Lee: There was definitely a wink and nod to author Jim Thompson. I’ve only read his novel THE NOTHING MAN, and then a biography about him called RIDING WITH THE DEVIL. He was an incredibly troubled man like William Faulkner was. Many men, especially those two, wanted recognition and love, but they could never have both it seemed. So my detective has a lot of that in him. He takes his work very seriously, almost obsessively, but it gets in the way of his relationships, and he’s very skeptical of what people say and instead reads people more by their actions.
Gef: There's something cinematic to the setup for this novel--or maybe I just watch too many movies. What films if any have influenced your writing?
Lee: It’s funny you say that because in the brainstorming stage I wanted to write a novel cinematically and I have carried on in that fashion with the next two books I have coming out (IT’S ONLY DEATH, and WITH FURY IN HAND). Plus about four other novels I have yet to sell. Tons of films have influenced how I approach characters and storytelling, especially these last couple years. One of my ultimate goals is to sell film rights to one of my books. How cool would that be?
Movies I’ve watched several times are: (Leon) The Professional (the European version blows the American version away); O’ Brother Where Art Thou; Mystic River; The Aviator; Inglorious Bastards; The Shawshank Redemption; Forest Gump; Snatch; Clint Eastwood’s old spaghetti Westerns; Heat; The Princess Bride; One Flew Over the Cuckoo’s Nest; Black Swan; Blazing Saddles; Thelma & Louise; Thunderbolt and Lightfoot; Dead Poets Society; Stand by Me; The Deer Hunter; the Pixar Films; Full Metal Jacket; M*A*S*H*; Saving Private Ryan; True Grit; Reign Over Me; Hell Boy films, and a dozen more.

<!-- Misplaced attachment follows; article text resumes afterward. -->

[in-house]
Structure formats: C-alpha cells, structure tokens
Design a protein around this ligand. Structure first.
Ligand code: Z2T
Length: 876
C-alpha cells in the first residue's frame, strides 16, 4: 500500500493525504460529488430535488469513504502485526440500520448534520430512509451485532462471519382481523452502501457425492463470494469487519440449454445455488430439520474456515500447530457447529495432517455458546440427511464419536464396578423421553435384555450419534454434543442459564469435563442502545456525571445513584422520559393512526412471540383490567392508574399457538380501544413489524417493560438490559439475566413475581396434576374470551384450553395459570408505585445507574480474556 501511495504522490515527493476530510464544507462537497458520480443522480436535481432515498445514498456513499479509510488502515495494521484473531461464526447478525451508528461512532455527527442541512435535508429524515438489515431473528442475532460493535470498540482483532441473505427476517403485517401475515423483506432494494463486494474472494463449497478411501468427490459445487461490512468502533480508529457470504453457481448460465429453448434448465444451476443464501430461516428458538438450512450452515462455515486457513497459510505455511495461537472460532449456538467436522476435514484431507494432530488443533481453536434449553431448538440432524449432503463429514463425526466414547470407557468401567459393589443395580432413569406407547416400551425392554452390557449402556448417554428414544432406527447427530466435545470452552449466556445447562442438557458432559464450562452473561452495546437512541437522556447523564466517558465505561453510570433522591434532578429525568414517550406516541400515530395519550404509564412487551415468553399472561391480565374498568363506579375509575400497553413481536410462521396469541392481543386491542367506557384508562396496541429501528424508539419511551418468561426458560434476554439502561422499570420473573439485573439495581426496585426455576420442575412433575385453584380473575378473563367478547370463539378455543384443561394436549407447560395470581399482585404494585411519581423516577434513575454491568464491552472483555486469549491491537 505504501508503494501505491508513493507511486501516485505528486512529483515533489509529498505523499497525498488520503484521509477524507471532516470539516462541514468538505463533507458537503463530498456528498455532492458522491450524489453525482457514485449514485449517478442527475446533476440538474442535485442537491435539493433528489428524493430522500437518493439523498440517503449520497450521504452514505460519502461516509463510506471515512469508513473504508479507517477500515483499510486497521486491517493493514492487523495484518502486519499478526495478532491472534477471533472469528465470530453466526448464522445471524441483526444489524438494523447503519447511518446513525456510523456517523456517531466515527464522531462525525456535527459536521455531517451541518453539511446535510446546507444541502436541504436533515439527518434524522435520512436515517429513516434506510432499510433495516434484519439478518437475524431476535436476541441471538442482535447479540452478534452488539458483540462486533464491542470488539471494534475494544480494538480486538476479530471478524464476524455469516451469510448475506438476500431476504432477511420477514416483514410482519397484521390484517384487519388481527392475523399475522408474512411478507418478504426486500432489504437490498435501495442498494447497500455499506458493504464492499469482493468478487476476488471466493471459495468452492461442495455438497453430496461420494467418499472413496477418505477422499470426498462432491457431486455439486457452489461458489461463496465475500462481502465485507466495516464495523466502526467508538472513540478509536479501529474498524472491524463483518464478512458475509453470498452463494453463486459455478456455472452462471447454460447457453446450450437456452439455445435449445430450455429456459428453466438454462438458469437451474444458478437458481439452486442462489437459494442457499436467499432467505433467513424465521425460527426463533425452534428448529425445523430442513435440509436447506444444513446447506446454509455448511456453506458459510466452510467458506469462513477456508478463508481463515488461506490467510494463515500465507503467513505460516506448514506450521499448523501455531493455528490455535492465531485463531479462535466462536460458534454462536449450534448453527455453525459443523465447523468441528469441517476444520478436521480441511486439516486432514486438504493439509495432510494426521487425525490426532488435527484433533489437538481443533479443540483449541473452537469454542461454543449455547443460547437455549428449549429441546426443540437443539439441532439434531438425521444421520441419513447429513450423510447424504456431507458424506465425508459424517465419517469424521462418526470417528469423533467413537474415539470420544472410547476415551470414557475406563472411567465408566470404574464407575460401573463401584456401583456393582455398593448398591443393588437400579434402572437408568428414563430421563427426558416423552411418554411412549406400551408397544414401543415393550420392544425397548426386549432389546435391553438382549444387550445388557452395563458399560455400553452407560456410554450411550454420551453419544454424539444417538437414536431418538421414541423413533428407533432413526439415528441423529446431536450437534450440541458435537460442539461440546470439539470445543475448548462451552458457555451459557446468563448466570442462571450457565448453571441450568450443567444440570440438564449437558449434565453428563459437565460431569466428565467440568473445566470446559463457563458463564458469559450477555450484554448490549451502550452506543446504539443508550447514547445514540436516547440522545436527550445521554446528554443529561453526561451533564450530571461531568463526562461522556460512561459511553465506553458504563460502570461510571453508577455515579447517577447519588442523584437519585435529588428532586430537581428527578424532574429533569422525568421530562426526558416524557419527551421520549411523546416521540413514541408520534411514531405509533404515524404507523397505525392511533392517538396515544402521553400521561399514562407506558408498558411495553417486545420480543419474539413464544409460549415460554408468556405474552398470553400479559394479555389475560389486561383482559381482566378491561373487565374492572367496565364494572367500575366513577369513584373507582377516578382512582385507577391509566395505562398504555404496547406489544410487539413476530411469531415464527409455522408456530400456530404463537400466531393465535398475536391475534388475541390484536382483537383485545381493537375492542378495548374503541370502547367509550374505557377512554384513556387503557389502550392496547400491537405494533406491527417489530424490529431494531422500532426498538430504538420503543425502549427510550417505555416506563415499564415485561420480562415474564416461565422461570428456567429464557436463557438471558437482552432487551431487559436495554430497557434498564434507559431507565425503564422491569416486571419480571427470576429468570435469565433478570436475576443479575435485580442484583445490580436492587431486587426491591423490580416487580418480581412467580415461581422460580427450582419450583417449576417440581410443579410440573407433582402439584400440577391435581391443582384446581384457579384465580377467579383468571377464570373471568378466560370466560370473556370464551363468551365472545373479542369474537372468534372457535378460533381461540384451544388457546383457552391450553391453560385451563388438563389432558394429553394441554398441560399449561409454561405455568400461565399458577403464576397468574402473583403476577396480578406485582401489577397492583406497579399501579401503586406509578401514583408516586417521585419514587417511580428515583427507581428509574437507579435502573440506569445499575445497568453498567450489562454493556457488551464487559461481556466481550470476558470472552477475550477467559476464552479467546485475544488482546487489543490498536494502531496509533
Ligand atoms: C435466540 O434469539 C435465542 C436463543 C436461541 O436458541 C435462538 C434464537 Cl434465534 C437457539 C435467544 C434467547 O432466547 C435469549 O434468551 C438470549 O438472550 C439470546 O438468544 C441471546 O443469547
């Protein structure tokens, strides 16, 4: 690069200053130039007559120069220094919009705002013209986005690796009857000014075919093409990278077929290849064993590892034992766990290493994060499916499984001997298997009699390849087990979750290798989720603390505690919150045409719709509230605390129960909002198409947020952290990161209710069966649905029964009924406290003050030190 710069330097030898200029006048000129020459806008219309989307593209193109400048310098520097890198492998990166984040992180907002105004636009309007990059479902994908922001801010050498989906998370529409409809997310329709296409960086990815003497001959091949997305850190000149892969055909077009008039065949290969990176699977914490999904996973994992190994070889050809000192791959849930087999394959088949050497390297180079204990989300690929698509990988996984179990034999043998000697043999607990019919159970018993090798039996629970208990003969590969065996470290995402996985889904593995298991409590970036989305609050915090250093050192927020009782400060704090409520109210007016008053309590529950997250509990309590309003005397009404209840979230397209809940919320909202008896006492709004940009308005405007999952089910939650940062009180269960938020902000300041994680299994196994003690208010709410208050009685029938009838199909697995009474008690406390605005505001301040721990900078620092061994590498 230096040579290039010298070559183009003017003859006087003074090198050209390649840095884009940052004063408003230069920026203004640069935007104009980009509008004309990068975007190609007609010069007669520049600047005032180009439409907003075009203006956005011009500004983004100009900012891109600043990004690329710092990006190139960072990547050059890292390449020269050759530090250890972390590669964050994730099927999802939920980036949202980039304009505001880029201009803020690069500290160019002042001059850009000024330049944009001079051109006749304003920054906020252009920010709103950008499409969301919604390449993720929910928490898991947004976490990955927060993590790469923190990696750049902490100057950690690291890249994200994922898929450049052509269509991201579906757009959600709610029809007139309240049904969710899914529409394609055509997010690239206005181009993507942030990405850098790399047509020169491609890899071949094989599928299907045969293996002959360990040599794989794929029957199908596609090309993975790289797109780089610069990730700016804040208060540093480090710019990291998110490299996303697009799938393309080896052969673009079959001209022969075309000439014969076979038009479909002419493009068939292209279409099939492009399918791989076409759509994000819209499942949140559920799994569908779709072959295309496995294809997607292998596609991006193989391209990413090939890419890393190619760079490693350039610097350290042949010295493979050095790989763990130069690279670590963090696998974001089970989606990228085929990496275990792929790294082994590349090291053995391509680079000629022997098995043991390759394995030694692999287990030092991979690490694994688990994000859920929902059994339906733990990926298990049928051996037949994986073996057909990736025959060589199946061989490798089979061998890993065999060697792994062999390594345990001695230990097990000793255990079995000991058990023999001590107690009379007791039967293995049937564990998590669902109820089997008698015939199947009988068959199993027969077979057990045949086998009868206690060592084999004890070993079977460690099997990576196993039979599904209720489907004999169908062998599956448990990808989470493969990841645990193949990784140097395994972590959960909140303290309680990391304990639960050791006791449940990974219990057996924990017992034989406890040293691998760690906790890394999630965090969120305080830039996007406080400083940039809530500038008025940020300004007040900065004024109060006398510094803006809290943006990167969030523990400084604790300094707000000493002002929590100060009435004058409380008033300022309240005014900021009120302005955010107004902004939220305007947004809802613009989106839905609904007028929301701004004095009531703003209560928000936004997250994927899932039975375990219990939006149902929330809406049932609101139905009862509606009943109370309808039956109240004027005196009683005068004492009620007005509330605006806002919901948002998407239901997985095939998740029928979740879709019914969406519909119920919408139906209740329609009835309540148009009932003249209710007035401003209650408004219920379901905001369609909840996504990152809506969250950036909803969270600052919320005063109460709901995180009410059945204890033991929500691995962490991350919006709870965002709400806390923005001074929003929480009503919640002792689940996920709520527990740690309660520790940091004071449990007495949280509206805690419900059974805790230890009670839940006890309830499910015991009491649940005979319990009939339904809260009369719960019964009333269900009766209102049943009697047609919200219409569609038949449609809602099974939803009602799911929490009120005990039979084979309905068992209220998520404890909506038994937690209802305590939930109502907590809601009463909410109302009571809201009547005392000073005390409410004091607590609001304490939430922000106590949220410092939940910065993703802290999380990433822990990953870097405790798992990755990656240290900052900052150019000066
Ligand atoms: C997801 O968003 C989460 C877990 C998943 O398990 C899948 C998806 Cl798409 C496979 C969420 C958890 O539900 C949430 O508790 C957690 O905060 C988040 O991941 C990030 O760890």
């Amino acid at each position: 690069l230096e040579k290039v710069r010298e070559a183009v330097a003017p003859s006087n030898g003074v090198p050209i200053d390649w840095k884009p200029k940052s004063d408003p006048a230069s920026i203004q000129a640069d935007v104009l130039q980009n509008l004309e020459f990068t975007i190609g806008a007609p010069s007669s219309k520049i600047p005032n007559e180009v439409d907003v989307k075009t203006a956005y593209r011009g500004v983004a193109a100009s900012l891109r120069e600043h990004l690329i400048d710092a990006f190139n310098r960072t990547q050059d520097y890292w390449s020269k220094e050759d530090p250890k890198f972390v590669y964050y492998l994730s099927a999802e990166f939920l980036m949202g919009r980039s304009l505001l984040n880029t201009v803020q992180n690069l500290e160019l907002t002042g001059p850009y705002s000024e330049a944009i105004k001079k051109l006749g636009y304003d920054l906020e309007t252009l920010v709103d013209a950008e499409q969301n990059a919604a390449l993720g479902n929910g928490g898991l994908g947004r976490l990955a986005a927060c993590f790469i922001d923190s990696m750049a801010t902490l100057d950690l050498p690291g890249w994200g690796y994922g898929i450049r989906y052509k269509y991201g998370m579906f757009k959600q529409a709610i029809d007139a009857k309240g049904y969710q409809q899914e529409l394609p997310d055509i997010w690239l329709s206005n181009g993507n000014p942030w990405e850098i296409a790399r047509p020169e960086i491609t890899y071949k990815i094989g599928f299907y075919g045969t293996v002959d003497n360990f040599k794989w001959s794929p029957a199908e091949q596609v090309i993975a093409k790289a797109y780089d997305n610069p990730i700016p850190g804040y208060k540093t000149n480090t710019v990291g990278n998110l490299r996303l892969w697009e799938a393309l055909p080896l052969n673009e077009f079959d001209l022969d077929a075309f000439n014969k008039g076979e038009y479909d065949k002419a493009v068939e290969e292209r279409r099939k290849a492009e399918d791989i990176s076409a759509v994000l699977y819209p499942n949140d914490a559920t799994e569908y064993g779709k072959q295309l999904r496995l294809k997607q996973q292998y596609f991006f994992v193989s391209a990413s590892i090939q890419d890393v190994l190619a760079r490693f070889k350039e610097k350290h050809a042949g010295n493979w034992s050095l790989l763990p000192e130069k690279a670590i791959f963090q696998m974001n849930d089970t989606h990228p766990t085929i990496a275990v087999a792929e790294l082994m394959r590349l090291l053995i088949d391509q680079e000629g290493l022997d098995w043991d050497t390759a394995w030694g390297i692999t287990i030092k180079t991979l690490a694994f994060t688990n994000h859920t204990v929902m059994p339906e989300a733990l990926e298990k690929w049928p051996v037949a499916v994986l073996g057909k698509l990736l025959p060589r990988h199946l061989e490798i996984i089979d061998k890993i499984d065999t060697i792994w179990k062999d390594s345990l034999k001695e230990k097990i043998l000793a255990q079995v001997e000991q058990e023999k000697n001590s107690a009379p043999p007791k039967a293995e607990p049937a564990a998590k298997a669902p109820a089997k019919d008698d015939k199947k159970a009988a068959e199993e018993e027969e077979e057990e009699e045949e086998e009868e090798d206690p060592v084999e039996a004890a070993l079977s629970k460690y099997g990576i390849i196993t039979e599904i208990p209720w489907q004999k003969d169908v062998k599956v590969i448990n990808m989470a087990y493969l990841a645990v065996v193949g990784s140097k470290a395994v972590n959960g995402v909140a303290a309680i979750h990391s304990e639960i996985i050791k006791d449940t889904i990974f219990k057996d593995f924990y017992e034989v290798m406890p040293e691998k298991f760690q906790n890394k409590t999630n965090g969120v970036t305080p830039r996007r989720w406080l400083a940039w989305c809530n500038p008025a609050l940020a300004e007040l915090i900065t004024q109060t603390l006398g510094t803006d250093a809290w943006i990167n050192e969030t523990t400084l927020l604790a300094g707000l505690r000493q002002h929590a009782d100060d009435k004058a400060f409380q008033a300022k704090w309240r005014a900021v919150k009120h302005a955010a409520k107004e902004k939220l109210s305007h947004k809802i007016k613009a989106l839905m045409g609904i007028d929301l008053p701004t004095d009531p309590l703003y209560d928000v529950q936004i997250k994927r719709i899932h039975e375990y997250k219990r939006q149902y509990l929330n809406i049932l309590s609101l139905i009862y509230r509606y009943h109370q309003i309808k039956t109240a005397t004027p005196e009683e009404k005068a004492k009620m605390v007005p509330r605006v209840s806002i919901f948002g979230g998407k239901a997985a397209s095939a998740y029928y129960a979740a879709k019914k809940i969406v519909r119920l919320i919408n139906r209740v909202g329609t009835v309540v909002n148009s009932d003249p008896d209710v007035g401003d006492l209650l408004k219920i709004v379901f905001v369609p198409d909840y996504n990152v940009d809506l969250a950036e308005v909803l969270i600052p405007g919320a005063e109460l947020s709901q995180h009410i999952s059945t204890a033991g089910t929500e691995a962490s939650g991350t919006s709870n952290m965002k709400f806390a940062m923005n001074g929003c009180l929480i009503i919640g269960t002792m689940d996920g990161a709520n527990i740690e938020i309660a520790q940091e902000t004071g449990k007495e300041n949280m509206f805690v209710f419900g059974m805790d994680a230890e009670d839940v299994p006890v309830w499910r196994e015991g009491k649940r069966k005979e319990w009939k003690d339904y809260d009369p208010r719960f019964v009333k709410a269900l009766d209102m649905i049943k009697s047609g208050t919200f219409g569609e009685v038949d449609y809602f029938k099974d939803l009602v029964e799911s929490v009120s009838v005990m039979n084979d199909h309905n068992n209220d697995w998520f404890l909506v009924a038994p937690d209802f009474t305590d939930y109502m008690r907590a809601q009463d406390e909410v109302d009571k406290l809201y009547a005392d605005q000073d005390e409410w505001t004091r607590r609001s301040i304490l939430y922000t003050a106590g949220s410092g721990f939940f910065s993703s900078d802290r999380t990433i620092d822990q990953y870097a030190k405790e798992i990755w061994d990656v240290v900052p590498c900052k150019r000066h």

I also love to watch documentaries, too, tons of them, on all kinds of subjects.
Gef: A Beautiful Madness is the latest under the Lee Thompson flag, but how about the likes of Thomas Morgan and Julian Vaughn? Is each pen name still toiling away in his own dark corner of your brain?
Lee: Thomas Morgan and Julian Vaughn have novels I’ve yet to sell. I’m going to use those names for the more mainstream work. Thomas Morgan for Coming of Age tales with high stakes; Julian Vaughn for supernatural mysteries like the novel I just finished called THE DEVIL GAVE THEM BLACK WINGS. I’m just waiting for Angry Robot’s Crime imprint Exhibit A Books to open for submissions on that one. I imagine I’ll sell at least one title under each name this year, and probably another Lee Thompson novel. I was going to use the name James Logan for the gritty Crime fiction but decided to just use my real name. I’m getting confused enough about who I am. But it’ll be damn exciting when those first Thomas Morgan and Julian Vaughn novels sell. I can’t wait until readers give the new novels a chance. I think I’ve matured a lot and found my niche.
Thanks again for the interview and all your support, Gef! And thanks to any readers who buy the novel and leave a review sharing their thoughts. Good luck to those who enter to win a signed paperback and a chance at the grand prize!
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Happy reading~ Lee